Woodward Canyon Old Vines Cabernet Sauvignon 2003
Cabernet Sauvignon from Columbia Valley, Washington
This 2003 Columbia Valley Old Vines Cabernet Sauvignon is produced from grapes that were planted in the very early 1970's. The grapes were harvested by hand from Champoux Vineyard (98%) and Sagemoor Vineyard (2%) both on benches overlooking the Columbia River in southeastern Washington. The 2003 vintage was the warmest on record for Washington State.
The wine was pumped over and punched down two to three times per day in small stainless steel tanks. Average fermentation was between seven and twelve days with one or two tanks given extend maceration time. After pressing and racking, the various lots were moved to new French chateau barrels for aging and maturation. Later, in August of 2005, this wine was racked from barrel, assembled and bottled just before harvest started in early September 2005.
This 2003 Old Vines Cabernet Sauvignon is a rich and powerful red wine. It expresses the purity of fully mature Washington Cabernet Sauvignon from a warm vintage incredibly well. Flavors of dried black cherry and cassis marry with spicy new oak and vanilla toast coats the mouth. The texture is soft and silky yet there are firm mature tannins in the finish. The color is dark reddish purple; the complex aromas leap from the glass. This red wine will benefit greatly from additional cellaring and, with proper storage, should last for twelve years or more.
The Wine Advocate - "Produced from vines planted in 1972, 1979, and 1981 in the world-class Champoux vineyard, the 2003 Cabernet Sauvignon Old Vines explodes from the glass with scents of spiced black fruits. Concentrated, powerful, and medium to full-bodied, it displays outstanding depth in its blackberry, cassis liqueur, black currant, and menthol flavors. Projected maturity: 2007-2017. Unlike recent vintages of Woodward Canyon’s reds, neither this top-notch effort nor any of the other wines I tasted during my visit exhibited any hard edges. It seems this old winery (by Washington standards) is reclaiming its rightful place among the state's top producers. "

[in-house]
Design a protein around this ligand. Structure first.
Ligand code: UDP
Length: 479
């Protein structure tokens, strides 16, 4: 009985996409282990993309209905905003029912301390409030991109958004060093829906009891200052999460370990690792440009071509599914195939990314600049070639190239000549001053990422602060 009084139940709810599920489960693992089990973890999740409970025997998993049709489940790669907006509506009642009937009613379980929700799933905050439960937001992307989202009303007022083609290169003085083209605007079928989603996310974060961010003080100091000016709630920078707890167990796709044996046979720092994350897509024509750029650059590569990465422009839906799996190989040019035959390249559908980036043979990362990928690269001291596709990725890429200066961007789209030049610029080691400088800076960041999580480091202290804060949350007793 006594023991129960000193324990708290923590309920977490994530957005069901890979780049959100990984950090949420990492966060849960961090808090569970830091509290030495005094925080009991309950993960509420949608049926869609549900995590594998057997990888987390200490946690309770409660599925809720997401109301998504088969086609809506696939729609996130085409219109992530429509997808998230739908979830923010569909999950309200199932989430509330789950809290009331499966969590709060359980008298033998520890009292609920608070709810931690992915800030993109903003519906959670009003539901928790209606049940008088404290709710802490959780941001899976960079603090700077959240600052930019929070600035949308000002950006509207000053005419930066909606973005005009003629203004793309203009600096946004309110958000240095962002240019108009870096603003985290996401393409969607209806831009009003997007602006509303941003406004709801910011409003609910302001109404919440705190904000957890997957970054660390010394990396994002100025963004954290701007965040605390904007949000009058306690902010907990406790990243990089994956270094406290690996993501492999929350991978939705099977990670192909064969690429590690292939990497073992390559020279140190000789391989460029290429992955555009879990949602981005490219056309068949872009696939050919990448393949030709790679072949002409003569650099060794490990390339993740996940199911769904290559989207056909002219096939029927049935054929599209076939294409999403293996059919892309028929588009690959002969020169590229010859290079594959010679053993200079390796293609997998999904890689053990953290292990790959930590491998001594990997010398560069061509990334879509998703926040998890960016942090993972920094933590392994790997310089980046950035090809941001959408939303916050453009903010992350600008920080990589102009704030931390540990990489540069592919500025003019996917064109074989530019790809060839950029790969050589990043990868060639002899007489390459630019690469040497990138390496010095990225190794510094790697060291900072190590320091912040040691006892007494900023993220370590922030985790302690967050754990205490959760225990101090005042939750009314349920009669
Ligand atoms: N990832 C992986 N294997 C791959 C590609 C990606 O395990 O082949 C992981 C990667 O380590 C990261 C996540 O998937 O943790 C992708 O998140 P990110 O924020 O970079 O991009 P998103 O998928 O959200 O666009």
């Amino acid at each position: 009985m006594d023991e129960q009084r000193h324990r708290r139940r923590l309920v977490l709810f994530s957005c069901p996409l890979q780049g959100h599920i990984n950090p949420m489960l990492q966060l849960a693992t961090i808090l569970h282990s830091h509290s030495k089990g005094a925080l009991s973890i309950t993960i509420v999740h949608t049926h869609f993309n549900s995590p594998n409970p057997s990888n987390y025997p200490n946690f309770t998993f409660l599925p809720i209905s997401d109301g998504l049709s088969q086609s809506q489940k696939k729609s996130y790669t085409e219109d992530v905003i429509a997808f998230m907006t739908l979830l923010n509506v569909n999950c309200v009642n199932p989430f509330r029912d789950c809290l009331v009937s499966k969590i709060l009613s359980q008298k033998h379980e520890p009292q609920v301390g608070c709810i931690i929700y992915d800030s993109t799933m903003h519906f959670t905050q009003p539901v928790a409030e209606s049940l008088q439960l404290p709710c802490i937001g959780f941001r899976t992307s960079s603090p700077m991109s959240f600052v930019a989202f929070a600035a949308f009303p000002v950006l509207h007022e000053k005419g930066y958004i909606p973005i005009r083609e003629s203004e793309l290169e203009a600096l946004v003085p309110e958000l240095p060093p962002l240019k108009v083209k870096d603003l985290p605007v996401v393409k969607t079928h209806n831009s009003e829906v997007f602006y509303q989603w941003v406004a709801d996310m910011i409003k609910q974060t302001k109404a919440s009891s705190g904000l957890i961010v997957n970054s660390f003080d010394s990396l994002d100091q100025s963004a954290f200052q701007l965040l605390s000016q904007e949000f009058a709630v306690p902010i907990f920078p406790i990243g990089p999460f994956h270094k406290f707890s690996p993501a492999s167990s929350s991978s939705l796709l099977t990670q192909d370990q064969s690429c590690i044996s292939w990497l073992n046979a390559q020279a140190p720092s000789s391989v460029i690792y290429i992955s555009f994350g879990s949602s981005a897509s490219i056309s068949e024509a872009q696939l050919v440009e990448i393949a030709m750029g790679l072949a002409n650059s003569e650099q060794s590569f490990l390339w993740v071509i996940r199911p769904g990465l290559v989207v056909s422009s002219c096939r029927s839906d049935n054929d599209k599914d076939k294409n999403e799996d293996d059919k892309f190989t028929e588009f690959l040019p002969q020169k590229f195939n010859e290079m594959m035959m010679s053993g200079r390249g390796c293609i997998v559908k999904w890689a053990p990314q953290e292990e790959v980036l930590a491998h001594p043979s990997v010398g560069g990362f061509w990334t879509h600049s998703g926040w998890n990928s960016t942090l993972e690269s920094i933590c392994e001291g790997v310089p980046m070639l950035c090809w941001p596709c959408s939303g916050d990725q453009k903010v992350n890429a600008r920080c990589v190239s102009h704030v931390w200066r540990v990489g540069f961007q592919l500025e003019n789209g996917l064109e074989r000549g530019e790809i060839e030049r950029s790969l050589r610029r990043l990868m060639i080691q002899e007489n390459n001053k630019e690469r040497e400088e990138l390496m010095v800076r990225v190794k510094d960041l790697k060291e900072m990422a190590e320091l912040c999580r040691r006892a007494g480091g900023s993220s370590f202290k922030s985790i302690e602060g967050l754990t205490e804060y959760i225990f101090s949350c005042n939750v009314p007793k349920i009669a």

Woodward Canyon Winery
Woodward Canyon Winery was founded by Rick Small in 1981. He is currently soul-searching on the subject of terroir. Debating the suitability of certain varietals to certain vineyard plots has become a quandary. On the one hand, the grapes growing there do fine and are the basis for extremely successful wines (Chardonnay, mostly); on the other, would Merlot or Cabernet Franc provide even more exciting character? The evolution of the Northwest wine industry continues. View all Woodward Canyon Wines
About Columbia ValleyView a map of Columbia Valley wineries
Columbia Valley is the largest of Washington State's wine growing regions, with almost 11 million acres. It encompasses a number of smaller regions, including Yakima Valley, Walla Walla Valley, Red Mountain and more. The vast area consists of a range of climates, allowing viticulturists to plant a diverse selection of grape varieties. Most wineries plant rows sparsely, which helps the vines survive the harsh winters.
Notable FactsMerlot is the most popular and most planted grape of the area, followed by Cabernet Sauvignon and Chardonnay. Syrah and Riesling are also popular and continue to grow in acreage.
About WashingtonRelated Links:Now the number two producer in the United States, Washington State has also grown in quality.
So how does a state known for rain and coffee produce high quality wines? They plant their grapes on the east side of the Cascade mountains, away from that ever-present rain cloud that sits along the coast. Perhaps wine grapes do well since the sandy loam soils east of the Cascade range give way to an almost desert-like land, saved from drought only by the helpful rivers that run through the area – and the good irrigation systems.
Thinking that the state would do best with typical northern growing grapes like Riesling and Gewurtztraminer, turns out the apple state is well-suited for reds, namely Merlot, Cabernet Sauvignon and, more recently, Syrah. Of course, whites have not been forgotten - Washington State Rieslings range from bone-dry to sweet, are well-structured and high quality, and Chardonnay dominates most of the other white plantings, making a range of wines. But the reds of the region, Merlot in particular, have made Washington State a quality force to be reckoned with.
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